Table of Contents
In the book “Short Term Trading Strategies That Work” by Larry Connors and Cesar Alvarez, a widely used entry strategy for Index markets is discussed, which takes advantage of the index mean reversion edge through the 2-period RSI. This RSI trading strategy involves going long only when the 2-period RSI falls below an oversold limit. In this article, we will explore whether the RSI works in different timeframes and index markets, and we will use the Volatility Index (VIX) as a filter to enhance the strategy.
To establish a reference point, let’s consider a random pick from the ES market:
Timeframe: 120 mins.
Entry RSI2 crosses below 20. (Long only).
Stop loss: $1500.
Profit target: $1500.
Slippage: $12.5 per contract.
Commission: $2.5 per trade.
Based on the above parameters, the results are as follows:
We could say there is an edge, but it can be further improved to increase its effectiveness by reducing the number of trades. In order to achieve this, I want to use the VIX as a filter.
Let’s explore its definition:
“The Cboe Volatility Index (VIX) is a real-time index that represents the market’s expectations for the relative strength of near-term price changes of the S&P 500 Index (SPX). Because it is derived from the prices of SPX index options with near-term expiration dates, it generates a 30-day forward projection of volatility. Volatility, or how fast prices change, is often seen as a way to gauge market sentiment, and in particular the degree of fear among market participants.
The index is more commonly known by its ticker symbol and is often referred to simply as “the VIX.” It was created by the Cboe Options Exchange (Cboe) and is maintained by Cboe Global Markets. It is an important index in the world of trading and investment because it provides a quantifiable measure of market risk and investors’ sentiments.”
As we can see from the definition, incorporating the VIX in our strategy allows us to leverage market sentiment as a filtering mechanism. To achieve this, we will consider the following cases:
- Case 1: High of the VIX is higher than X bars ago.
- Case 2: High of the VIX is lower than X bars ago.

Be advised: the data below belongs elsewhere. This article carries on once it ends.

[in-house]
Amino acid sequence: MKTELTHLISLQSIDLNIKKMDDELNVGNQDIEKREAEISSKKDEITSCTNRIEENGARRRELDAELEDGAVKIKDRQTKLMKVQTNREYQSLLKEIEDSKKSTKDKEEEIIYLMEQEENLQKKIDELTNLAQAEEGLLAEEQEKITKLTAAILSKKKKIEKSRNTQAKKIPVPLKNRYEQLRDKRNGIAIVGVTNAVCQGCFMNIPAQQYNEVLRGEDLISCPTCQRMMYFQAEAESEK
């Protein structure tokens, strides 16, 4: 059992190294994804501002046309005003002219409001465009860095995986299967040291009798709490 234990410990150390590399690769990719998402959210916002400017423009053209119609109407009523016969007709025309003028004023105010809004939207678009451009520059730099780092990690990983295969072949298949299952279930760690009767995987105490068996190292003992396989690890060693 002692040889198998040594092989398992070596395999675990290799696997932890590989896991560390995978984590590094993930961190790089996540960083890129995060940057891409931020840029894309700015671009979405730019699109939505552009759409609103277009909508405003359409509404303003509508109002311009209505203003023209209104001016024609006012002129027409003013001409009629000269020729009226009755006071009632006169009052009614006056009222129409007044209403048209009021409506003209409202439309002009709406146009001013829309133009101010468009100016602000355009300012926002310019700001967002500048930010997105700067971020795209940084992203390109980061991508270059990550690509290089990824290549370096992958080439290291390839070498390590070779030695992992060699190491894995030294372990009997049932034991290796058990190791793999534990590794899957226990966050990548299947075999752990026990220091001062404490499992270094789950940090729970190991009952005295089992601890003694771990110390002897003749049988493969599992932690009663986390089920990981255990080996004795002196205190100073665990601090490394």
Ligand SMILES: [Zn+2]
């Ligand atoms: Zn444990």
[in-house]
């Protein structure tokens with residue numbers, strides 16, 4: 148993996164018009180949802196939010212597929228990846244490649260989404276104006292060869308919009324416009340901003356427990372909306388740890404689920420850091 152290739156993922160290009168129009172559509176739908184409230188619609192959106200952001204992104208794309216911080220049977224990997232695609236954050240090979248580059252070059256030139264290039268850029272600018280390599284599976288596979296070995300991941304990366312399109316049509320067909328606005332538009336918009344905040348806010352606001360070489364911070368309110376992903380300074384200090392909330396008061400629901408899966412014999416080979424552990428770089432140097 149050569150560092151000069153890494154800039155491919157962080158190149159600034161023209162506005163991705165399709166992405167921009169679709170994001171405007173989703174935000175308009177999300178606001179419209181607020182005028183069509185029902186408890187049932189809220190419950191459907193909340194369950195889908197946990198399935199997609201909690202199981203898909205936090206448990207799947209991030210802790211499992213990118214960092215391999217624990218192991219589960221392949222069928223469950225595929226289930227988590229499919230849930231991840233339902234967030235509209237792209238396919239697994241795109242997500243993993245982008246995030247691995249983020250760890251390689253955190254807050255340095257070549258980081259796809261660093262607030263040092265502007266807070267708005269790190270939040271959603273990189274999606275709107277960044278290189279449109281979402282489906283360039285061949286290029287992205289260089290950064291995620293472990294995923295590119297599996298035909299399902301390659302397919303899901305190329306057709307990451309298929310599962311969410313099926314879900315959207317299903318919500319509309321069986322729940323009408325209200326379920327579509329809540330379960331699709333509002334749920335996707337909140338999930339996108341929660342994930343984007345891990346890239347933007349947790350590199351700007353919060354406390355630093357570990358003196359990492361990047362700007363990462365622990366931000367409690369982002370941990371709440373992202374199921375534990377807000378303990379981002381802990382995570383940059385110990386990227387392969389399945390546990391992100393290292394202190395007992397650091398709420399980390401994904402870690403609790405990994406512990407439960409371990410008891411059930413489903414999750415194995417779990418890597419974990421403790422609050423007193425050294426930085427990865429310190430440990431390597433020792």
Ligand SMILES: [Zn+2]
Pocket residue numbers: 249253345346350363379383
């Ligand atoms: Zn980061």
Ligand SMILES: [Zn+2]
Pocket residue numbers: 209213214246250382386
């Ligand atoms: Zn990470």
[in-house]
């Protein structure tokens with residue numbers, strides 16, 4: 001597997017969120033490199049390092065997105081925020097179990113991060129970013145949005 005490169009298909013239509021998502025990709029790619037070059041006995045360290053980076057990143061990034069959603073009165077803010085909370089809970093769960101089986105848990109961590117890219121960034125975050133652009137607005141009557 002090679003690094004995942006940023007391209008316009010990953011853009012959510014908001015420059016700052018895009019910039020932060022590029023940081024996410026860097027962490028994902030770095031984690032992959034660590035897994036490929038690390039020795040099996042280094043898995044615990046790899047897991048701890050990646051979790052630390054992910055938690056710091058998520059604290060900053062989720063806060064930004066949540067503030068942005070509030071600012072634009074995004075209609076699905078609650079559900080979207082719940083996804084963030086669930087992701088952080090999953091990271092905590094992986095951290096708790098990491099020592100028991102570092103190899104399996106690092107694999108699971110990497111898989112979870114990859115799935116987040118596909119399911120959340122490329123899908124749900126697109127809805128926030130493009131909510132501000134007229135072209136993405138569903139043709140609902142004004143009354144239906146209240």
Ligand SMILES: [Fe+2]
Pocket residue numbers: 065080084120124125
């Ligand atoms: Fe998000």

- Case 3: VIX RSI of X number bars ago is greater than 50.
- Case 4: VIX RSI of X number bars ago is lower than 50.
- Case 5: VIX RSI of X number bars ago is greater than 80.
- Case 6: VIX RSI of X number bars ago is lower than 20.
Charting Software: TradeStation 10.0.
Code development language: Easylanguage 10.0.
- Entries type:
- Long only.
- Entries Direction:
- Mean Reversion.
- Stop Loss
- Profit Target: Stop Loss
- Long when Close crosses below Oversold.
- VIX Filter on data 2
OK, now that the code is ready, let’s add Data2 to our reference strategy:
And look for the following cases and parameters:
|RSI2||RSI2 + VIX filters|
The more effective filter case is number 4: where the RSI of the VIX with 7 bars back is above 50, even if the net profit is reduced, the strategy is more effective in reducing more than half of the trades, duplicating the average per trade and reducing the drawdown by $20.000.
After seeing the improvement of the strategy, some questions arise:
- Will it work in another timeframe?
- Will it work on other Index futures markets?
- What will happen if the VIX has a different timeframe from the primary Market?
This research will take me a considerable big amount of time to do it manually, so what better tool than Tradesq to help me out.
Tradesq has been chosen as a Futures trading system research tool.
On Tradesq, I will enter the code, and on Data1, select the four main Index futures markets:
@ES: E-MINI S&P 500.
@NQ: E-MINI NASDAQ 100.
@RTY: E-MINI RUSSELL 2000.
@YM: E-MINI DOW 30.
11 timeframes, from 15 minutes to daily.
For Data 2, the market will be @VX, and timeframes from 15 minutes to daily.
After a few hours, we obtained results based on the following criteria:
Data1: Nasdaq (@NQ) 60min
Data2: VIX (@VX) 180min
Data1: S&P (@ES) 120min
Data2: VIX (@VX) Daily
Data1: DOW (@YM) 60min
Data2: VIX (@VX) 60min
Data1: RTY (@YM) 120min
Data2: VIX (@VX) 1440min
Note: All results include trading costs, Slippage, and Commission.
Incorporating the VIX as a filter has significantly improved the RSI trading strategy’s performance across different timeframes and Index futures markets. The results show promising potential and further research and testing can be conducted to refine and optimize the strategy.
>> By Juan Fernando Gómez from blog blog.tradesq.net